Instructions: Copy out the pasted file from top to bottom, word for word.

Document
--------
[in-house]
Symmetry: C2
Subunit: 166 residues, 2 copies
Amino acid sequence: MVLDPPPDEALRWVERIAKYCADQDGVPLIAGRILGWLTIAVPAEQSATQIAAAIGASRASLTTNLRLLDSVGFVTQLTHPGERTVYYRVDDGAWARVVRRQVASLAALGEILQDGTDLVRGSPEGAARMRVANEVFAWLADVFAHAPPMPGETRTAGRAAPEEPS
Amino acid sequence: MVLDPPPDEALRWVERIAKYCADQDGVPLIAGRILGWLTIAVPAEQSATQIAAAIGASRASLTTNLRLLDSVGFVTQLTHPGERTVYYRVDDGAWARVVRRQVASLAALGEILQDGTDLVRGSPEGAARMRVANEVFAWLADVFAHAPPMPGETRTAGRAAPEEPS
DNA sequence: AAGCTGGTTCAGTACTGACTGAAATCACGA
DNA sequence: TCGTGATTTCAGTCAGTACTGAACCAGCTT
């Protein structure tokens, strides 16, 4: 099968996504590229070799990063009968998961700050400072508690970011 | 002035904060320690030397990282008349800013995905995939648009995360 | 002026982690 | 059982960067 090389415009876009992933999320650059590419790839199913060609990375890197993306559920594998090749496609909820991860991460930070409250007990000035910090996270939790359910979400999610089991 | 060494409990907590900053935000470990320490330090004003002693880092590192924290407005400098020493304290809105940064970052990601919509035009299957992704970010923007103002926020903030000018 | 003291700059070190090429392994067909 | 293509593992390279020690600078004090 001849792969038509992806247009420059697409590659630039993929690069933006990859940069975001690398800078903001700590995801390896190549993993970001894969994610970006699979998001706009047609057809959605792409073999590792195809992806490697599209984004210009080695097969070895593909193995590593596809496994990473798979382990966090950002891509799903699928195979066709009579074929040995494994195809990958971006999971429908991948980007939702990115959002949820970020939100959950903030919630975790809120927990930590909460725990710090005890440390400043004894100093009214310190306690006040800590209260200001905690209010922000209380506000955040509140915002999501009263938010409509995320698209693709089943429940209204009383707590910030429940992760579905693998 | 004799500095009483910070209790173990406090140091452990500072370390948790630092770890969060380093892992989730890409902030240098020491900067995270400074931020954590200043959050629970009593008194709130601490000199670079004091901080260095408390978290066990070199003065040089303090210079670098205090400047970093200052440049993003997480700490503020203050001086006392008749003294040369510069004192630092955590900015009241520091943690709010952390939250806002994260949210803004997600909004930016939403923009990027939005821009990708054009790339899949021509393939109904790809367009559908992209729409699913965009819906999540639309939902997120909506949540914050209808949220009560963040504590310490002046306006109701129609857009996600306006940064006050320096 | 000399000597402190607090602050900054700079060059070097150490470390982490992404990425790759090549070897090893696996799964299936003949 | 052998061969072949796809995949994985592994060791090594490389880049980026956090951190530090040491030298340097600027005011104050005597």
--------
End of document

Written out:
[in-house]
Symmetry: C2
Subunit: 166 residues, 2 copies
Amino acid sequence: MVLDPPPDEALRWVERIAKYCADQDGVPLIAGRILGWLTIAVPAEQSATQIAAAIGASRASLTTNLRLLDSVGFVTQLTHPGERTVYYRVDDGAWARVVRRQVASLAALGEILQDGTDLVRGSPEGAARMRVANEVFAWLADVFAHAPPMPGETRTAGRAAPEEPS
Amino acid sequence: MVLDPPPDEALRWVERIAKYCADQDGVPLIAGRILGWLTIAVPAEQSATQIAAAIGASRASLTTNLRLLDSVGFVTQLTHPGERTVYYRVDDGAWARVVRRQVASLAALGEILQDGTDLVRGSPEGAARMRVANEVFAWLADVFAHAPPMPGETRTAGRAAPEEPS
DNA sequence: AAGCTGGTTCAGTACTGACTGAAATCACGA
DNA sequence: TCGTGATTTCAGTCAGTACTGAACCAGCTT
């Protein structure tokens, strides 16, 4: 099968996504590229070799990063009968998961700050400072508690970011 | 002035904060320690030397990282008349800013995905995939648009995360 | 002026982690 | 059982960067 090389415009876009992933999320650059590419790839199913060609990375890197993306559920594998090749496609909820991860991460930070409250007990000035910090996270939790359910979400999610089991 | 060494409990907590900053935000470990320490330090004003002693880092590192924290407005400098020493304290809105940064970052990601919509035009299957992704970010923007103002926020903030000018 | 003291700059070190090429392994067909 | 293509593992390279020690600078004090 001849792969038509992806247009420059697409590659630039993929690069933006990859940069975001690398800078903001700590995801390896190549993993970001894969994610970006699979998001706009047609057809959605792409073999590792195809992806490697599209984004210009080695097969070895593909193995590593596809496994990473798979382990966090950002891509799903699928195979066709009579074929040995494994195809990958971006999971429908991948980007939702990115959002949820970020939100959950903030919630975790809120927990930590909460725990710090005890440390400043004894100093009214310190306690006040800590209260200001905690209010922000209380506000955040509140915002999501009263938010409509995320698209693709089943429940209204009383707590910030429940992760579905693998 | 004799500095009483910070209790173990406090140091452990500072370390948790630092770890969060380093892992989730890409902030240098020491900067995270400074931020954590200043959050629970009593008194709130601490000199670079004091901080260095408390978290066990070199003065040089303090210079670098205090400047970093200052440049993003997480700490503020203050001086006392008749003294040369510069004192630092955590900015009241520091943690709010952390939250806002994260949210803004997600909004930016939403923009990027939005821009990708054009790339899949021509393939109904790809367009559908992209729409699913965009819906999540639309939902997120909506949540914050209808949220009560963040504590310490002046306006109701129609857009996600306006940064006050320096 | 000399000597402190607090602050900054700079060059070097150490470390982490992404990425790759090549070897090893696996799964299936003949 | 052998061969072949796809995949994985592994060791090594490389880049980026956090951190530090040491030298340097600027005011104050005597």